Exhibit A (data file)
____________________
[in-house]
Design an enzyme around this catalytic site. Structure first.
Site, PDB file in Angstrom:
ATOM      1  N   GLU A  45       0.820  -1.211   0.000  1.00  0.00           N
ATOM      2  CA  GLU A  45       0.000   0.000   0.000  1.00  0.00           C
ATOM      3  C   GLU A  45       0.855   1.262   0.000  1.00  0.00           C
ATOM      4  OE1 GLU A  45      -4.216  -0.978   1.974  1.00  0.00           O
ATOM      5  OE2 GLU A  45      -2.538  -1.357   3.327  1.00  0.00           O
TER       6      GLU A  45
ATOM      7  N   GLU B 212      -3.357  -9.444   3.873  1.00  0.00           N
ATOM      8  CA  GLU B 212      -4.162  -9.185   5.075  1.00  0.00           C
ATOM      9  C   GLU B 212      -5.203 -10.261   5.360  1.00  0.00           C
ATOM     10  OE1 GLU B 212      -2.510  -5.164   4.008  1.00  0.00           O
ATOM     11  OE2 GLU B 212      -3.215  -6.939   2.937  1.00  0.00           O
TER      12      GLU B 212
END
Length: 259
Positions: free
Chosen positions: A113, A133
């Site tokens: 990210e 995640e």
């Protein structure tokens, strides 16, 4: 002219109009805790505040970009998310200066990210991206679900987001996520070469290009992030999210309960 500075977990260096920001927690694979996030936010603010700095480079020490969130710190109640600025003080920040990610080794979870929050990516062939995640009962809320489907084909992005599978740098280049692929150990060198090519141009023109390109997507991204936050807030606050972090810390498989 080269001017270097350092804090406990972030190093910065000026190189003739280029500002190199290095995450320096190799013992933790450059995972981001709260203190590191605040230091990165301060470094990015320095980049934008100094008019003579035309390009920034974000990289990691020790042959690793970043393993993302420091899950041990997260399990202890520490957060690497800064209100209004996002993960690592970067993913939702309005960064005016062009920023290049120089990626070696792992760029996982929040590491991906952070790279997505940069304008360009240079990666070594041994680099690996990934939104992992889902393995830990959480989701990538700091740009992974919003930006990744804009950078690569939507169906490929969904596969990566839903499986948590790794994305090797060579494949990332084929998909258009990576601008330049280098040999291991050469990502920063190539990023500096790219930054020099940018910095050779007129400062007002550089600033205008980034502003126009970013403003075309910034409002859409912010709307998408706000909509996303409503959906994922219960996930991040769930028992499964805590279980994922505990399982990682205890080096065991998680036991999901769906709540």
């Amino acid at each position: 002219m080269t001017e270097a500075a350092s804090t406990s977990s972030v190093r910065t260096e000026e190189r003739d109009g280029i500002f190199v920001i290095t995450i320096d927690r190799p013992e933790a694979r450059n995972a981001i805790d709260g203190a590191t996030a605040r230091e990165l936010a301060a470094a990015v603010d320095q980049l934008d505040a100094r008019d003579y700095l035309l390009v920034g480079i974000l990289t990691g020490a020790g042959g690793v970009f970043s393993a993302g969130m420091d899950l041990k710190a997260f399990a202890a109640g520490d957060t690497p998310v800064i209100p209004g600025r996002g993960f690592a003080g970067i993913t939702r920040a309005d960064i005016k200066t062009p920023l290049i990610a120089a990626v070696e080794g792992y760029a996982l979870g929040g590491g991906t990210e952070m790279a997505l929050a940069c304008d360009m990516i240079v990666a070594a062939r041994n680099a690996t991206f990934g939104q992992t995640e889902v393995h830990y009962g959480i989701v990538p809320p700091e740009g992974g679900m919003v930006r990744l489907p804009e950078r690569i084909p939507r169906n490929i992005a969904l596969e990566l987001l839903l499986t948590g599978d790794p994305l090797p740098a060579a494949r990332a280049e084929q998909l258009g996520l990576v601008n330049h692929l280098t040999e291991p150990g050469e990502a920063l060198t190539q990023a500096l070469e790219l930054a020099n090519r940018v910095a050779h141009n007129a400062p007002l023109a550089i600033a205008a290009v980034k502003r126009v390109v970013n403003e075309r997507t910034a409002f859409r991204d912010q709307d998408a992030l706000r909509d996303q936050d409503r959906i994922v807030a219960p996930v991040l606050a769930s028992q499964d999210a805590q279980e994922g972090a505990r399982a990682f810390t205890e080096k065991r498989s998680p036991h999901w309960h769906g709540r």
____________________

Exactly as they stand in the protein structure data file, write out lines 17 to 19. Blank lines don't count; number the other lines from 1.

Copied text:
Length: 259
Positions: free
Chosen positions: A113, A133